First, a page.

If you use the FileZilla Quickconnect bar, just specify "ftpes://ftp.ncf.ca" for the Host: field:
Note: If you are using an older FTP client that only supports legacy SSL on port 990, that will not work. You must use a client that understands how to use "Explict TLS" on port 21.
Creating HTML files
There are basically two ways to write HTML files - by hand coding them or with a WYSIWYG (What-You-See-Is-What-You-Get) HTML page creator.
- Hand coding HTML
There are many guides available on the internet, in bookstores and libraries to help you learn HTML. A simple way to get started is to use NCF's Web File Manager to create a HTML template file. Do this:
- Start NCF's Web File Manager
- Create a new file called anything.html
- Click the 'edit' link for that file
Because the file is named with an extension of '.html' and is empty, Web File Manager will open with template text of a basic HTML file, which you can modify (or discard).
HTML is just text, so any plain text editor can be used to write HTML by hand, although the best ones are those that offer syntax highlighting to show mistakes quickly. Hand coding HTML requires some skill and practice to learn, but can be quick and rewarding to do, once you have learned how.
- WYSIWYG HTML page creators
There are also many software applications to automate the task of making HTML pages which allow beginers to make beautiful web pages without learning to hand code HTML. If you are designing a complex web site with many components or want to save the time learning hand coding HTML, these tools can be helpful. Commercial web page creation software applications are often very expensive to buy, but there is an easy-to-use free software application that creates good, standards compliant webpages. It is called KompoZer and can be downloaded for free for Windows and Mac OS X. KompoZer is also available in the repositories of most Linux distributions, such as Ubuntu and Debian.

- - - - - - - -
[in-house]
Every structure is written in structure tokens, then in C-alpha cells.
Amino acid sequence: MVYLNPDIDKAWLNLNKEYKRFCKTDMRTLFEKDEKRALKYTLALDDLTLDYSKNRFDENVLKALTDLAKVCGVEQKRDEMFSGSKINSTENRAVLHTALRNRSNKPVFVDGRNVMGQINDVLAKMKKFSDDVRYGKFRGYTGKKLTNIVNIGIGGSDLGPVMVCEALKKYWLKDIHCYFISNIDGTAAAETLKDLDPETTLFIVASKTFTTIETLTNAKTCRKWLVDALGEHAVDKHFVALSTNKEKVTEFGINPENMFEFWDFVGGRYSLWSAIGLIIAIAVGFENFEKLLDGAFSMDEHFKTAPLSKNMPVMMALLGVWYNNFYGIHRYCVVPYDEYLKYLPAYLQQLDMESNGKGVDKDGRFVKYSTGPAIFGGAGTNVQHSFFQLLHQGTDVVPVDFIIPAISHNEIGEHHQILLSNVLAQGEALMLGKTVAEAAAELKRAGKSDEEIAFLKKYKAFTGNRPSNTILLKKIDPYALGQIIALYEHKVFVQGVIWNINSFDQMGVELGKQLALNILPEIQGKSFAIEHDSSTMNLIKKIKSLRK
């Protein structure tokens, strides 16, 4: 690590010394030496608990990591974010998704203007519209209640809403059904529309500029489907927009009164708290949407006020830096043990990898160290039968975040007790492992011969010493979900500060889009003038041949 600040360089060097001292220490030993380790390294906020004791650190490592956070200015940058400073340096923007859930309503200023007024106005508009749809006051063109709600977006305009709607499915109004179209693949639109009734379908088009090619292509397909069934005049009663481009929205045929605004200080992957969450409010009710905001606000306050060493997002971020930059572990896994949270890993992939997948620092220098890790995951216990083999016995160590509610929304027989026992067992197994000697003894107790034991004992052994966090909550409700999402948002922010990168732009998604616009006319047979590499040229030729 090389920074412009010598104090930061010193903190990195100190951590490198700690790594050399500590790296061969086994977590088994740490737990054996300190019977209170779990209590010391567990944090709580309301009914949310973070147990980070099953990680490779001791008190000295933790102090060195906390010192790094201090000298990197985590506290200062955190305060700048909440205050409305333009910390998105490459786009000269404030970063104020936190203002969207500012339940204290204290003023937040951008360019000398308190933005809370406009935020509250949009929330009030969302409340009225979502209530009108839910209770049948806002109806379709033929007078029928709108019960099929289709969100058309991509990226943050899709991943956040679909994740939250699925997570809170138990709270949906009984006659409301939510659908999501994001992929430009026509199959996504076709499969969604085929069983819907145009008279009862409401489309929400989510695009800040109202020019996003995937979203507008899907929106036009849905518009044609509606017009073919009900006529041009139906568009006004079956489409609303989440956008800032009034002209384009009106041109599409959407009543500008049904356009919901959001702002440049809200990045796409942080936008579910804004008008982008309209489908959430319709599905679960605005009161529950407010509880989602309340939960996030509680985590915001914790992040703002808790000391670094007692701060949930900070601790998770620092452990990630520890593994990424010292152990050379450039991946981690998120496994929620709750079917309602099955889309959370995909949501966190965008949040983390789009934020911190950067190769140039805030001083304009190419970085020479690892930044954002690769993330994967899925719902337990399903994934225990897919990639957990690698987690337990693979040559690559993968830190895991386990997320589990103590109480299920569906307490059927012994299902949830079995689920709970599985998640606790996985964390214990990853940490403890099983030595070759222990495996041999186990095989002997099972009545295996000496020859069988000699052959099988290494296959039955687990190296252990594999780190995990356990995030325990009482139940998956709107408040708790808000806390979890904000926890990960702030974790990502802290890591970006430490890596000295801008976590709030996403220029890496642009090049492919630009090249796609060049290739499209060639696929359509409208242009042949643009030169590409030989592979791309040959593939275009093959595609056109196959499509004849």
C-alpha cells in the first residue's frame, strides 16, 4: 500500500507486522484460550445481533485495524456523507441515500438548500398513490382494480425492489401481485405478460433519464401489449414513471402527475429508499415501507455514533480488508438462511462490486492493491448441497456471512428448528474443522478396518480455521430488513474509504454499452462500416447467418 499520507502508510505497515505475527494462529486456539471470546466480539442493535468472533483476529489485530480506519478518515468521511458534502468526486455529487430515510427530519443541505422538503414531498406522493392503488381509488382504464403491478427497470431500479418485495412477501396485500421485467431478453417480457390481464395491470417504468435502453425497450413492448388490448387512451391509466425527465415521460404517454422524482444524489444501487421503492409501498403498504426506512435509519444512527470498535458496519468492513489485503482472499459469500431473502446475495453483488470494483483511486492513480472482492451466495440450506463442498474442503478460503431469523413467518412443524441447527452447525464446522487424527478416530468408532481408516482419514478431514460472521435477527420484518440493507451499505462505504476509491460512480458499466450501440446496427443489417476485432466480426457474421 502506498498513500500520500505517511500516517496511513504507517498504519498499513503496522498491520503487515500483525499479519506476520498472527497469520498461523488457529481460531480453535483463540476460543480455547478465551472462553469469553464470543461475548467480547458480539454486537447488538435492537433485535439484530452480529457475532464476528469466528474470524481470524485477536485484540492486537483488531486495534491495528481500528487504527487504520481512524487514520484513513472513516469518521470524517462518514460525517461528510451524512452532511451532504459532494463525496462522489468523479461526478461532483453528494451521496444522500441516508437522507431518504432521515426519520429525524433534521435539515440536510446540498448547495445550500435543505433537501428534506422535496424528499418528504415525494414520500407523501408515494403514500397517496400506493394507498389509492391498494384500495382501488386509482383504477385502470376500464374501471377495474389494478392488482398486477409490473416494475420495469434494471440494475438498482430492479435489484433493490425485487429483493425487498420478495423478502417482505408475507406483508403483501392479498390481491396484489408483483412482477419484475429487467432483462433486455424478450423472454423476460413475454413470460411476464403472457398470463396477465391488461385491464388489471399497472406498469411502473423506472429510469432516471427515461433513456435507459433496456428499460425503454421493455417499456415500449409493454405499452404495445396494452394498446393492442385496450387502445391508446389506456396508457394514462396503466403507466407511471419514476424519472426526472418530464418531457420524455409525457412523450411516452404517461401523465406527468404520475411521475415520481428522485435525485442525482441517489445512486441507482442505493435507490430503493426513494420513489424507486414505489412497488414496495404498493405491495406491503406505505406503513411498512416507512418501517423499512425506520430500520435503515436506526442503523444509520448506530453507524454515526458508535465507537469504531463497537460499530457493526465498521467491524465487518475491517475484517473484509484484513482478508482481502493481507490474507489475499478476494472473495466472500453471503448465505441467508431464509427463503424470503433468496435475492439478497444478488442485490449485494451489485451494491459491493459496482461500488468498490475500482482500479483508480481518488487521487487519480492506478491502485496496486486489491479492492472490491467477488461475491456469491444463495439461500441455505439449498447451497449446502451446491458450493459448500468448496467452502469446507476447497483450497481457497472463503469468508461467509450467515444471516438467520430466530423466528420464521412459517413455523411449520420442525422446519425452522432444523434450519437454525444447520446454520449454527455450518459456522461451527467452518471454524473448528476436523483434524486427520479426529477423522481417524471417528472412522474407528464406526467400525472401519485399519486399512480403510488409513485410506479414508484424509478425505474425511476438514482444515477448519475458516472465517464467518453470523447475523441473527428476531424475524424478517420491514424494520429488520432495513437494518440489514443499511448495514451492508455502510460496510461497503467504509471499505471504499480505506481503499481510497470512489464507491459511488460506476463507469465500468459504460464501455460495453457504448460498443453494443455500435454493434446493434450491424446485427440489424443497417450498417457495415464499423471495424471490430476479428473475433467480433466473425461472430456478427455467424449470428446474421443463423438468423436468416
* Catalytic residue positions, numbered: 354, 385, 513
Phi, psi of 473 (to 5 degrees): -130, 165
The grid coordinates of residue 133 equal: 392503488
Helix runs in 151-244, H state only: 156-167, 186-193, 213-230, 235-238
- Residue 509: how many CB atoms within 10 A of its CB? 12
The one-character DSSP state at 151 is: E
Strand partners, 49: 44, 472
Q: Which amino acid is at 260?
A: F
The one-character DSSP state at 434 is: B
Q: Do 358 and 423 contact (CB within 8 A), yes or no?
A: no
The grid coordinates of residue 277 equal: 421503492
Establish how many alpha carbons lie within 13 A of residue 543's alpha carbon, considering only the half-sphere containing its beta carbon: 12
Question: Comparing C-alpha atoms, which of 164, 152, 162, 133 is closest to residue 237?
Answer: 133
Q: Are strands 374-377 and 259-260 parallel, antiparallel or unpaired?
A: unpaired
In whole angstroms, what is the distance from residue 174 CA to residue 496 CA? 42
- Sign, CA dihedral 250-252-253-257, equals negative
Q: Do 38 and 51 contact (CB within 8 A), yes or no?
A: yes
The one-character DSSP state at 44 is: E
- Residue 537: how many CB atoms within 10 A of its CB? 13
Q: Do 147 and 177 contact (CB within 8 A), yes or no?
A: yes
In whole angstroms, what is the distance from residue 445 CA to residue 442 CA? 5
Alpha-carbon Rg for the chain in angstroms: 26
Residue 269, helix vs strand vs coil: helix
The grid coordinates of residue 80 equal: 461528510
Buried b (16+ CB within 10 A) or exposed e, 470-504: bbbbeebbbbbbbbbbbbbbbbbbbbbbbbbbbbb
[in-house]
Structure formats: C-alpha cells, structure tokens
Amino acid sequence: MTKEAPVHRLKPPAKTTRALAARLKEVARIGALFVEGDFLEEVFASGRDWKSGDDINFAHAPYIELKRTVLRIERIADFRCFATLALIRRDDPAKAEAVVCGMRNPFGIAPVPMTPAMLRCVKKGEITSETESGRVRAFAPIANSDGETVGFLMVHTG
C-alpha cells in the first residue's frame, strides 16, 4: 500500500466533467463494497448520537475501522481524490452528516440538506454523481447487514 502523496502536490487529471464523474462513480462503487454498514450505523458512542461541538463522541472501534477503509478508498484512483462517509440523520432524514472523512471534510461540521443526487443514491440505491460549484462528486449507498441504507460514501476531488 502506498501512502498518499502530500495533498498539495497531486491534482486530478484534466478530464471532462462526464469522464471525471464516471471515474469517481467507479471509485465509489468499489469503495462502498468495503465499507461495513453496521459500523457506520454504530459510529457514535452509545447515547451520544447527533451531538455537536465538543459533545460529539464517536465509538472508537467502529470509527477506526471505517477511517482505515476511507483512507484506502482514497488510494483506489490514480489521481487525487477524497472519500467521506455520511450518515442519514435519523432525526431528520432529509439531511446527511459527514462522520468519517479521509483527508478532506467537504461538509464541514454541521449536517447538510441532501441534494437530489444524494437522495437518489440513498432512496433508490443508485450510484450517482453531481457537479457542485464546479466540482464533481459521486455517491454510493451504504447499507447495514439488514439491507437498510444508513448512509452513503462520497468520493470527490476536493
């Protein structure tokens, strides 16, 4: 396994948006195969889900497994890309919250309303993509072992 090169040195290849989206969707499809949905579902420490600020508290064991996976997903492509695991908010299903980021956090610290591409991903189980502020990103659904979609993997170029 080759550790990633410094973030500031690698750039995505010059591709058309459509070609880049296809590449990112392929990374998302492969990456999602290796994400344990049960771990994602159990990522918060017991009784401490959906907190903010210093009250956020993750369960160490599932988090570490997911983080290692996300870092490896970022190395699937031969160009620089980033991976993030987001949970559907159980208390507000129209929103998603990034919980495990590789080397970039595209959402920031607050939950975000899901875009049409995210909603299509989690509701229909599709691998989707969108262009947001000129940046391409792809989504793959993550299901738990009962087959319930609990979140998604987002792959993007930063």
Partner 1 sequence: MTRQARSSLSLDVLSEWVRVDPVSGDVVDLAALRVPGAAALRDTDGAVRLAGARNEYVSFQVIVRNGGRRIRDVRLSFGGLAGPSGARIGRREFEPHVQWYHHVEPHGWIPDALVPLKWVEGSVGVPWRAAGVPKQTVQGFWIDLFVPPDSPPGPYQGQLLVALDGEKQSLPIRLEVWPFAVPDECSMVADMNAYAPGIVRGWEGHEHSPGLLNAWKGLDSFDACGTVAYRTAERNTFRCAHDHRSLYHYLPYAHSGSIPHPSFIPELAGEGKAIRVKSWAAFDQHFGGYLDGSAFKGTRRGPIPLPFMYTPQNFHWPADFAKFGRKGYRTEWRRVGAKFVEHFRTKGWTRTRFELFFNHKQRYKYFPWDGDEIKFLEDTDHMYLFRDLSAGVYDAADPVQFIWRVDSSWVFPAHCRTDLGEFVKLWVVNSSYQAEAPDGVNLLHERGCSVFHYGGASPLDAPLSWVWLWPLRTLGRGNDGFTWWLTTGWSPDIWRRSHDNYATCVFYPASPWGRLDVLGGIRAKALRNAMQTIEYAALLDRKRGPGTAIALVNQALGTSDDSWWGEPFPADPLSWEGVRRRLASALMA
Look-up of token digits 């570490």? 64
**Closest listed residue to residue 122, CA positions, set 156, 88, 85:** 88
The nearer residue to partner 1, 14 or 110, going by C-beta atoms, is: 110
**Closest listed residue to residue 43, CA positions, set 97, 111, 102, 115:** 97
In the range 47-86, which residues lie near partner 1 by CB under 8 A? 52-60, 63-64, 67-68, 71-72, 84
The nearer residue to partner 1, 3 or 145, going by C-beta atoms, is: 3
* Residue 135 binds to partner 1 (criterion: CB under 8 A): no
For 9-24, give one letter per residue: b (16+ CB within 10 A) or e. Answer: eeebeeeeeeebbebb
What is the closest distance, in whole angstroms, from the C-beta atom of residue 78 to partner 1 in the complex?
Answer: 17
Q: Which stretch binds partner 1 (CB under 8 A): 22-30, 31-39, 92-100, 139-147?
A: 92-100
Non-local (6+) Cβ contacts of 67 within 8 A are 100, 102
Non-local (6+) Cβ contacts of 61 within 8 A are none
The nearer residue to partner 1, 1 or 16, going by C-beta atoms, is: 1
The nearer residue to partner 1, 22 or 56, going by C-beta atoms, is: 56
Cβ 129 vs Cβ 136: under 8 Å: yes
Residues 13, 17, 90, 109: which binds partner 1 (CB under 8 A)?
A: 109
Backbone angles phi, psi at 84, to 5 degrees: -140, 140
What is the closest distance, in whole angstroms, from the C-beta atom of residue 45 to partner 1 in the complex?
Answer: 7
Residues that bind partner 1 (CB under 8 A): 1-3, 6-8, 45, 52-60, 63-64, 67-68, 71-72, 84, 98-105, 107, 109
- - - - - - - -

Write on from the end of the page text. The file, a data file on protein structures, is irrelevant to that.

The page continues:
Many office applications can produce documents in HTML format that will produce web pages that appear identical or similar to their native output formats. Thus an easy way to prepare web pages is to simply 'save as HTML' in office applications that support that.
Organizational Accounts at NCF
To transfer files to your organization web space, use the following settings on your FTP program:
- Host Name/Address: ftp.ncf.ca
- User ID: accountID-n ('n' is a letter code assigned to the organization, usually the first letter of the directory name)
Your web site will be found at:
Tools for web page authors
NCF's "comment-taker" utility provides a way for readers of your web page to send you email without you having to expose your email address to spammers. Have a look at the Comment-Taker FAQ for more information.
How much space do I get?
There is no limit on the size of your web space as long as there is enough space for everybody. If space becomes an issue, we will contact the people who use the most space.
- A Nonprofit's Guide to Building Simple, Low-Cost Websites
- Websites That Suck - a guide a what to avoid in website design